Monday, Sep 06, 2021
Climate & Environment
Following the international community’s increasing interest in clean air, and emphasizing the need to make further efforts to improve air quality to protect human health, the United Nations General Assembly has designated 7 September as the International Day of Clean Air for blue skies. Often, you can’t see air pollution but it is everywhere. Air pollution causes approximately 7 million premature deaths annually, making it the single greatest environmental risk to human health and one of the main avoidable causes of death and disease globally. Air pollution knows no national borders. Air pollution disproportionately affects women, children and older persons, and has a negative impact on ecosystems. Many air pollutants contribute directly to the climate crisis and improving air quality can enhance climate change mitigation. The 2030 Agenda for Sustainable Development, also recognizes that air pollution abatement is important to the attainment of the Sustainable Development Goals. This first International Day of Clean Air for blue skies aims to build a global community of action that encourages countries to work together to tackle air pollution to ensure clean air for all. To this end, it gives people a platform that can enable cooperation to mitigate air pollution at the individual, national, regional, as well as international levels. Air pollution is preventable, but we need everyone on board–from individuals to private companies to governments. What you can do The first observance of the International Day of Clean Air for blue skies provided us all an opportunity for each of us to combat air pollution but you don’t have to wait until September 7 to act. There are so many things that we can do on a day-to-day basis, from cycling to work, to recycling non-organic trash, to pressuring local authorities to improve green spaces in our cities. Here are some other ideas:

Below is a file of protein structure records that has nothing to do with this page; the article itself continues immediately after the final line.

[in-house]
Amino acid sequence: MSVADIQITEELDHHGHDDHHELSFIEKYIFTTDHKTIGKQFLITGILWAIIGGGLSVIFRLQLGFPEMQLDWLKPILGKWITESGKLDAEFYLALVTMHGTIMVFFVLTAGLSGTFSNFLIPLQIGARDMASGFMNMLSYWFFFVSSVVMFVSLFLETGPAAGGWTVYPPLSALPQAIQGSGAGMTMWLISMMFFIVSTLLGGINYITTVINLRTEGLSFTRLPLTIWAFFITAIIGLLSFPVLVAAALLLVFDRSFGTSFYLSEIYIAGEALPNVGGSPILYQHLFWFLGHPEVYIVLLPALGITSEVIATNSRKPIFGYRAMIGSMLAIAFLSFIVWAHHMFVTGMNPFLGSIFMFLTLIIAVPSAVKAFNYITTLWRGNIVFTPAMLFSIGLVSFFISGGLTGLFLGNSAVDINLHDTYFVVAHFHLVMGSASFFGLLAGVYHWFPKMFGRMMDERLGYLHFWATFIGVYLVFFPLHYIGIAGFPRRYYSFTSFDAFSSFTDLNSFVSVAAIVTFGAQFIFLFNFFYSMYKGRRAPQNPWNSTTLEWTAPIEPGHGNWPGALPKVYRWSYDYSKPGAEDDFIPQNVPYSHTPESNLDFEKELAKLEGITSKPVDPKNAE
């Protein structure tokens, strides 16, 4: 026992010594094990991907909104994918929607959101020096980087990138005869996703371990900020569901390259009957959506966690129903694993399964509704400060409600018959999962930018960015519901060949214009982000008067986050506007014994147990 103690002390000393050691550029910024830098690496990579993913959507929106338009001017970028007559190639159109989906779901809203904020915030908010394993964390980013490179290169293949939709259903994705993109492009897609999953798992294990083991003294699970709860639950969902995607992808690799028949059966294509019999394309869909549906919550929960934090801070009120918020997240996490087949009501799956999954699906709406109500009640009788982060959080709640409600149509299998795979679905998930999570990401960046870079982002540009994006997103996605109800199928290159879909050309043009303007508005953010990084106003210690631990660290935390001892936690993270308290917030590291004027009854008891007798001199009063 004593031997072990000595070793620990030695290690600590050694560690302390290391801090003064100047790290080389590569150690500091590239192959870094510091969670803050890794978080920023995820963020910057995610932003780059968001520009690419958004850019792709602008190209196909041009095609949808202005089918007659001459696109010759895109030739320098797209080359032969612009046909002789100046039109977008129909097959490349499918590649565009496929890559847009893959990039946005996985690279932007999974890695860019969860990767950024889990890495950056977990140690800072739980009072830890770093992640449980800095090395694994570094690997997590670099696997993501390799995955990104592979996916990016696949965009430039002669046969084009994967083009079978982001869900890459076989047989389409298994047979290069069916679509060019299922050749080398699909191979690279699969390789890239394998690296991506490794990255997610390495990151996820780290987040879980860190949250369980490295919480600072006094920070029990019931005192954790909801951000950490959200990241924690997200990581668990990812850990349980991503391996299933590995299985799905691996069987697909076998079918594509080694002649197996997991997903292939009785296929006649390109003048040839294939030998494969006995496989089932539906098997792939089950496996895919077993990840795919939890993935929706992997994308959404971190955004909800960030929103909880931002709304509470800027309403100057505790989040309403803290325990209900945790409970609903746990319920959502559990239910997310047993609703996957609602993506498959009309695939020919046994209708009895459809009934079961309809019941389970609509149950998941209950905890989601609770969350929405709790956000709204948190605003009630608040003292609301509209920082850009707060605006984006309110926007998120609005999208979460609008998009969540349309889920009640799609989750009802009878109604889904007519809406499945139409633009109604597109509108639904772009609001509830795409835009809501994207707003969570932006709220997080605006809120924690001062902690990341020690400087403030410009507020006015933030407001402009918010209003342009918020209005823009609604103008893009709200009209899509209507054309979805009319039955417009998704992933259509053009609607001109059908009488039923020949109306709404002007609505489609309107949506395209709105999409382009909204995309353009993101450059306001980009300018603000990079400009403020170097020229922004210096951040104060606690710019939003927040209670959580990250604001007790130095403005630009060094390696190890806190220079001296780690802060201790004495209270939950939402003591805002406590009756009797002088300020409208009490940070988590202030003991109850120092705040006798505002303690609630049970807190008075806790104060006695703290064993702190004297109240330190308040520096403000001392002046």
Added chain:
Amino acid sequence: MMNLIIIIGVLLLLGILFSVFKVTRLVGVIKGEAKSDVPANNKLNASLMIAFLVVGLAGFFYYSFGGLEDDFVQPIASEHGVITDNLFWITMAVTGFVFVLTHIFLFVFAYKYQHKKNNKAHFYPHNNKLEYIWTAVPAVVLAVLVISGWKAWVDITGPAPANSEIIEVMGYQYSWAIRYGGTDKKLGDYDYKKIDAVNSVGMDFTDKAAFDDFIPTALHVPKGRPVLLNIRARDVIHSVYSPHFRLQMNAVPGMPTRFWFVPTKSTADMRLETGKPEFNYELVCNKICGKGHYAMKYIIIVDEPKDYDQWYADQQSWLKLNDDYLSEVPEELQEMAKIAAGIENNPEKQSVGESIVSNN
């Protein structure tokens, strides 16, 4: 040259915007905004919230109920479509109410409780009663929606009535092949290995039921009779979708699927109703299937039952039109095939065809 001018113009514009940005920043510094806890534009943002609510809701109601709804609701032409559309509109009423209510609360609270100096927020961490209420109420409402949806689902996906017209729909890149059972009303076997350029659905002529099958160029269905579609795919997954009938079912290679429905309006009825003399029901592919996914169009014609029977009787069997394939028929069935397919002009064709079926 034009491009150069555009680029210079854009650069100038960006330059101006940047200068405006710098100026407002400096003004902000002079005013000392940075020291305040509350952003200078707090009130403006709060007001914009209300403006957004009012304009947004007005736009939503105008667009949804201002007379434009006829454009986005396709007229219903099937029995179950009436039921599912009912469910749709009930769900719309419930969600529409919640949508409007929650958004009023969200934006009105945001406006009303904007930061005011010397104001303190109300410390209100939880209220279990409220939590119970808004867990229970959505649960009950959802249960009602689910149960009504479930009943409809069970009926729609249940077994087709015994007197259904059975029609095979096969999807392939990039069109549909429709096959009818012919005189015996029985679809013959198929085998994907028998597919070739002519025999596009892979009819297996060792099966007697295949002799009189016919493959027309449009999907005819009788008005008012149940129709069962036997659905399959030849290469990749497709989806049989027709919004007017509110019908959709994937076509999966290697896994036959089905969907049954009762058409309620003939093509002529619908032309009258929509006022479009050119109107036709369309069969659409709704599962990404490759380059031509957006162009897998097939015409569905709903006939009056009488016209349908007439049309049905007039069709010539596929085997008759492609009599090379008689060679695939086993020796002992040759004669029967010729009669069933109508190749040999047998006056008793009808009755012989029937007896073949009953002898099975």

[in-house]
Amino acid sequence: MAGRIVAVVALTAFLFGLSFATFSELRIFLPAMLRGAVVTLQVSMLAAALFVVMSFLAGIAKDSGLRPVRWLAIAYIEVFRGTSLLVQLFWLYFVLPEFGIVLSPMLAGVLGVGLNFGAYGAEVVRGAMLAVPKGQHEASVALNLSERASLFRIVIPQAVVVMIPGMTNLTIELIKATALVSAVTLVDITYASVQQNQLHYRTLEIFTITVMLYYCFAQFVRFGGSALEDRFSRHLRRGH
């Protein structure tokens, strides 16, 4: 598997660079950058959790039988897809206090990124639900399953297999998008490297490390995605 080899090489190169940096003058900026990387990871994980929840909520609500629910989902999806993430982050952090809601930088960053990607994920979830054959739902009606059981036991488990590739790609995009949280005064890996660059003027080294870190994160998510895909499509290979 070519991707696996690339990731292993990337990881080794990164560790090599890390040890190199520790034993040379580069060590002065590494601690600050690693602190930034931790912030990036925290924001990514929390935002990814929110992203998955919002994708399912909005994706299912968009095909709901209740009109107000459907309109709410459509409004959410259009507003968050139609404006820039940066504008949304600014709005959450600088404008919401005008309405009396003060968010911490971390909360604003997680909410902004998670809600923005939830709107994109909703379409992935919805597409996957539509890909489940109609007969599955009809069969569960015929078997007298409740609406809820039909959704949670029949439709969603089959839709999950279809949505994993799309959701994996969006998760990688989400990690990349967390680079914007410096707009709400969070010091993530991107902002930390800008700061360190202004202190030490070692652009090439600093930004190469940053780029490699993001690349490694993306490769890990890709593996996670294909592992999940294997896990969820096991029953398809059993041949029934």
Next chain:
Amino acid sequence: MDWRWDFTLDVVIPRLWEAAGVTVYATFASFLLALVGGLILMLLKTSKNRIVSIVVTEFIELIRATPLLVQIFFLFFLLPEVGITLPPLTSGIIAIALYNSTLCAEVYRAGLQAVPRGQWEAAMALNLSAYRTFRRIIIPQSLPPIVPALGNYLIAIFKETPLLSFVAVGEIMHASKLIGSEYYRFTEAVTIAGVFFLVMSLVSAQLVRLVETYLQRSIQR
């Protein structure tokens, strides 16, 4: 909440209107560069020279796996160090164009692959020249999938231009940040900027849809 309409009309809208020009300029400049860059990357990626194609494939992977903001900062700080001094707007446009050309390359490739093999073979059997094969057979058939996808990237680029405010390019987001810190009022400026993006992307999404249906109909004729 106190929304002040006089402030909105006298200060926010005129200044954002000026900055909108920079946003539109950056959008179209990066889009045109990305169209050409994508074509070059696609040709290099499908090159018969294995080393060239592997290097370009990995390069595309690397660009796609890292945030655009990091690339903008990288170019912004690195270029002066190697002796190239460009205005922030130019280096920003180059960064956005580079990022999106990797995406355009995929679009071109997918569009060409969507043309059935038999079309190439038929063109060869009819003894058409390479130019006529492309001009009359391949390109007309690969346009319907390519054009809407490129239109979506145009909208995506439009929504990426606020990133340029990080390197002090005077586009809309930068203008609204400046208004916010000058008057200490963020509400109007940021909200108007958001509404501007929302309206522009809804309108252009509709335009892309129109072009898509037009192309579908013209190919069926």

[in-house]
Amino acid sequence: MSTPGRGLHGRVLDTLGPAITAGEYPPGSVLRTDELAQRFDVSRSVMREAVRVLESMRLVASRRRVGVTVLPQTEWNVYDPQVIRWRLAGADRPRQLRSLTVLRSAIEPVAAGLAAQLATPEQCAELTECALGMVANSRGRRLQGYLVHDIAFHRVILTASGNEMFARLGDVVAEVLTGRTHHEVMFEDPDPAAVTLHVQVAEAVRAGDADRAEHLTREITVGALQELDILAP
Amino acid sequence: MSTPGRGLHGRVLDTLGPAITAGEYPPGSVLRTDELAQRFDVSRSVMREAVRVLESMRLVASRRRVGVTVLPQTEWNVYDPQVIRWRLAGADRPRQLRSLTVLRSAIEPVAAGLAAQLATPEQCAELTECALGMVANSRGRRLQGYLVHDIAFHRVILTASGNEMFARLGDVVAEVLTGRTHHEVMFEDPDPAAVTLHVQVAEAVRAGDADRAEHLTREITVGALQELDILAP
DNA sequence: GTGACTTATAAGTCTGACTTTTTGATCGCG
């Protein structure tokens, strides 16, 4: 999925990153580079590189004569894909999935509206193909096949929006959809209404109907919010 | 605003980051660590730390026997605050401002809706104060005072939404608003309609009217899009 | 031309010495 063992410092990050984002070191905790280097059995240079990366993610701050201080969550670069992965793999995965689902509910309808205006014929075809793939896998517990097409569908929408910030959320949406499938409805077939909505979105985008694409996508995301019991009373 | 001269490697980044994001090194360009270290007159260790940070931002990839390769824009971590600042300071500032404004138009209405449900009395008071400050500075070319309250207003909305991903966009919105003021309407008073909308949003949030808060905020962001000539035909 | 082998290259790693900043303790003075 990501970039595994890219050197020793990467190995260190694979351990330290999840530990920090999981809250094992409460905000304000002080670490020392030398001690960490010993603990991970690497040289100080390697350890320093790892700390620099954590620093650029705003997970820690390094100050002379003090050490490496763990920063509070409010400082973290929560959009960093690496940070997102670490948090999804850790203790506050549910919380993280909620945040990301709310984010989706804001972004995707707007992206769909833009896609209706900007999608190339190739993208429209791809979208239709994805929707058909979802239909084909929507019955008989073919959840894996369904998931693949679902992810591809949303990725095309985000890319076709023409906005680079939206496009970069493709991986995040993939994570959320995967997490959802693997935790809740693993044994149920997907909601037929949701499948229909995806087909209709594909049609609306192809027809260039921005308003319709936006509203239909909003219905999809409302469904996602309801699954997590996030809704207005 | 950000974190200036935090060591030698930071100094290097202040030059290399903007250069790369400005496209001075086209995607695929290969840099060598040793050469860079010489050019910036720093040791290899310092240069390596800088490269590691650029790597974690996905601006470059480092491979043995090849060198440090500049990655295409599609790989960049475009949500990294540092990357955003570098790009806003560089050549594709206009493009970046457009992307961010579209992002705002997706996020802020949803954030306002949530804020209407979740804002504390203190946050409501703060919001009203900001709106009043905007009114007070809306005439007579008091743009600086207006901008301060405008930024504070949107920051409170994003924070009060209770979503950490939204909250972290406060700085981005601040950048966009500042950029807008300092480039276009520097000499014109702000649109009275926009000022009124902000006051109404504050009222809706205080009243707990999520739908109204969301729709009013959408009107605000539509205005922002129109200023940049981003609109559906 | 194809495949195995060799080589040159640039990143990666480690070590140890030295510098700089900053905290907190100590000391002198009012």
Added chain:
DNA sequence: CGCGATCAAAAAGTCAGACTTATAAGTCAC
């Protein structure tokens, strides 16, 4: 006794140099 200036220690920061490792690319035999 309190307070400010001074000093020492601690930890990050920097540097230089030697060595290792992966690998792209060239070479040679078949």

- turn off lights and electronics not in use;
- check efficiency ratings for home heating systems and cook-stoves, favouring models that save money and protect health; and
- never burn trash, as this contributes directly to air pollution.